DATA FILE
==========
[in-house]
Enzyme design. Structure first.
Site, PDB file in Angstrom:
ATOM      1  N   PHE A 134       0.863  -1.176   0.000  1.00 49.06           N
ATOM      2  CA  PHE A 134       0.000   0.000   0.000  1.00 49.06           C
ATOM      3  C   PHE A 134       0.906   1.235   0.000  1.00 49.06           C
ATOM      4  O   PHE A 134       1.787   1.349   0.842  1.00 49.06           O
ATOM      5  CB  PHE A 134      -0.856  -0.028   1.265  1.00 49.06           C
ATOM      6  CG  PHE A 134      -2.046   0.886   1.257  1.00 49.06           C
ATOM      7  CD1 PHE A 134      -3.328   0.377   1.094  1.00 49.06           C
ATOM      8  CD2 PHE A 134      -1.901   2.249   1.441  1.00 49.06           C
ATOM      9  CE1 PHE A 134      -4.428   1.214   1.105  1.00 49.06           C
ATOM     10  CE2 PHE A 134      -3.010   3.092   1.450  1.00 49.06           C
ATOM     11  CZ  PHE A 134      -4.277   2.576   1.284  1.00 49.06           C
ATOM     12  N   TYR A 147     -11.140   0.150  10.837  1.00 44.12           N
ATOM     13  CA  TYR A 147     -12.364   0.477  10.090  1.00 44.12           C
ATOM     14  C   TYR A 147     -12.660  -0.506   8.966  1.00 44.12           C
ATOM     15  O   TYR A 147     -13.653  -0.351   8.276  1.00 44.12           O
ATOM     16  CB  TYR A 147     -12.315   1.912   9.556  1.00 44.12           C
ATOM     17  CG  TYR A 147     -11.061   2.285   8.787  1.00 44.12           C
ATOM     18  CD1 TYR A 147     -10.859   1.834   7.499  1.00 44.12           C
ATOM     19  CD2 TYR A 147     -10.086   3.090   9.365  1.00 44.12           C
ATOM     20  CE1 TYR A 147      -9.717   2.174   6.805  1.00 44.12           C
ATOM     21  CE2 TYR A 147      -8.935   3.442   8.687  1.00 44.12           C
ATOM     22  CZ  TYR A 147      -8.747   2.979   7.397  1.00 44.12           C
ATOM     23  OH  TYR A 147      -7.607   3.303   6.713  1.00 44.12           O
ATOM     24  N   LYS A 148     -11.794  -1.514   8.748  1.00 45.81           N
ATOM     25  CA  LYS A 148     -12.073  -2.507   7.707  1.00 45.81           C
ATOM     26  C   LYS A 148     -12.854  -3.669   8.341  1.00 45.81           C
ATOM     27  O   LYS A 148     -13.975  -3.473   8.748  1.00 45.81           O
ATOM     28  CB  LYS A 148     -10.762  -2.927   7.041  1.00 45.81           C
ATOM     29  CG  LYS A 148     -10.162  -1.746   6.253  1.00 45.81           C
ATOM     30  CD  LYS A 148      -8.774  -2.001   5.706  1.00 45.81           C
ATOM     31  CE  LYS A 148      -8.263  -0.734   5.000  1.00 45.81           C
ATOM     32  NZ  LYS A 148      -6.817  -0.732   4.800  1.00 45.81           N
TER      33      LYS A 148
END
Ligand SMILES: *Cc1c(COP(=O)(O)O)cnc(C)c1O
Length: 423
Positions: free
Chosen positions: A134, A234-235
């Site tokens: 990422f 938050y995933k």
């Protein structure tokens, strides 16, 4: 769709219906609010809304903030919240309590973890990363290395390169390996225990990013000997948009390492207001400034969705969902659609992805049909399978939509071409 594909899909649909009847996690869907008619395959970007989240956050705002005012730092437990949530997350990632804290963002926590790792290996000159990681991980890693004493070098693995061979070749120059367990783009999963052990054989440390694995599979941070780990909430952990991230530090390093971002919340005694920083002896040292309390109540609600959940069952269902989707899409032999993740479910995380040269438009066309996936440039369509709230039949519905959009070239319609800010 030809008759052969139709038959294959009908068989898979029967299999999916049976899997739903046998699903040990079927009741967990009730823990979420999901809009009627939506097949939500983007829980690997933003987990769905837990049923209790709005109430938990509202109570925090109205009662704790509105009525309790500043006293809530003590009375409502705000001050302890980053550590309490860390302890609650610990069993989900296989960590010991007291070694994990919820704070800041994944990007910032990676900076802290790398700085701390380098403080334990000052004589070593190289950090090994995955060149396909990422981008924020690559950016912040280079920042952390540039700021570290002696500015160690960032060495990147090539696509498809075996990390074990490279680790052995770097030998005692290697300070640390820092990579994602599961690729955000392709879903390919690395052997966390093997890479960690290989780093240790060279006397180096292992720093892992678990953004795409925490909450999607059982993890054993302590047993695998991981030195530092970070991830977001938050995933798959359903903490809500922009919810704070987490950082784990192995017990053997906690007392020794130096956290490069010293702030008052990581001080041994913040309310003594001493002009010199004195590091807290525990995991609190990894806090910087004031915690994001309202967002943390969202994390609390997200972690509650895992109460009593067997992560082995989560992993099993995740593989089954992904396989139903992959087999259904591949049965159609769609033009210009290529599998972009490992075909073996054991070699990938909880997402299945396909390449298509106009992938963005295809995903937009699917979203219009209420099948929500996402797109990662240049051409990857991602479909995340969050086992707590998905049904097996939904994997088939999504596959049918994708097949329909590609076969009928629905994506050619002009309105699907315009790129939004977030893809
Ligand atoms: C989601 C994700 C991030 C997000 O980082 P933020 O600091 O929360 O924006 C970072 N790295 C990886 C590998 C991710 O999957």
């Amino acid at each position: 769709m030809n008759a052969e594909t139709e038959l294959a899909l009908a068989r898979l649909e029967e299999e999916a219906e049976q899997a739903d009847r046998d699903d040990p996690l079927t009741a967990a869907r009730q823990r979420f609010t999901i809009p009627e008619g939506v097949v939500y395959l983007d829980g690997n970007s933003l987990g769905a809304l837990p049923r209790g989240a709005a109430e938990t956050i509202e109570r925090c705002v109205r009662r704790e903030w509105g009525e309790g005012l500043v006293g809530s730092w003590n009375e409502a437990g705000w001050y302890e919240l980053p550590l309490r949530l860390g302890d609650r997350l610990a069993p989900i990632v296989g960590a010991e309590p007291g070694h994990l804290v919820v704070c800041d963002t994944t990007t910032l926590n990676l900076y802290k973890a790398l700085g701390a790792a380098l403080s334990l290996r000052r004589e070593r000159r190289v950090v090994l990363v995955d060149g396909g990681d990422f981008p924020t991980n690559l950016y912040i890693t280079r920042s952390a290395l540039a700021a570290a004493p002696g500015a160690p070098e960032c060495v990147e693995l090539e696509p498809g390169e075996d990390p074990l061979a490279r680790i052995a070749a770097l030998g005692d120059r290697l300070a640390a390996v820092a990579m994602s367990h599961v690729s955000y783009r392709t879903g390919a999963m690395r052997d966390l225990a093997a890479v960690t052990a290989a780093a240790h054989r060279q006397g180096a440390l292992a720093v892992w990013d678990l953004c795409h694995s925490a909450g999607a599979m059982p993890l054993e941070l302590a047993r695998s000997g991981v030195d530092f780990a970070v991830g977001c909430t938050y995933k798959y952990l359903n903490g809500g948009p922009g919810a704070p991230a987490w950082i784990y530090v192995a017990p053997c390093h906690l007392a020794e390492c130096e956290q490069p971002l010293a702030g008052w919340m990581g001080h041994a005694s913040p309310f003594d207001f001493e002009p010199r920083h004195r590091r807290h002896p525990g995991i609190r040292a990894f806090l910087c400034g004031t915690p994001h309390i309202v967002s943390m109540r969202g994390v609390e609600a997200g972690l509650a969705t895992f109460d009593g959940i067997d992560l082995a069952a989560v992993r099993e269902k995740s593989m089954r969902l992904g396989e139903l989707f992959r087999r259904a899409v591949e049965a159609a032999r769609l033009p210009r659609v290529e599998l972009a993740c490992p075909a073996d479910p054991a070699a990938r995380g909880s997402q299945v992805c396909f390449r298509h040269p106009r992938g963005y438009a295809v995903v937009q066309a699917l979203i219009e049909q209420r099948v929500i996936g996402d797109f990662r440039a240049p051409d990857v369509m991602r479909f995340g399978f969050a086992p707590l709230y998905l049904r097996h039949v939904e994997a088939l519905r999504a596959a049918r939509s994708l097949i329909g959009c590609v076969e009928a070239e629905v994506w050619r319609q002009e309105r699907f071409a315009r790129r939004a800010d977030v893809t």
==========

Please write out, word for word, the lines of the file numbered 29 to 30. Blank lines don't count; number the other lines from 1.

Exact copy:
ATOM     26  C   LYS A 148     -12.854  -3.669   8.341  1.00 45.81           C
ATOM     27  O   LYS A 148     -13.975  -3.473   8.748  1.00 45.81           O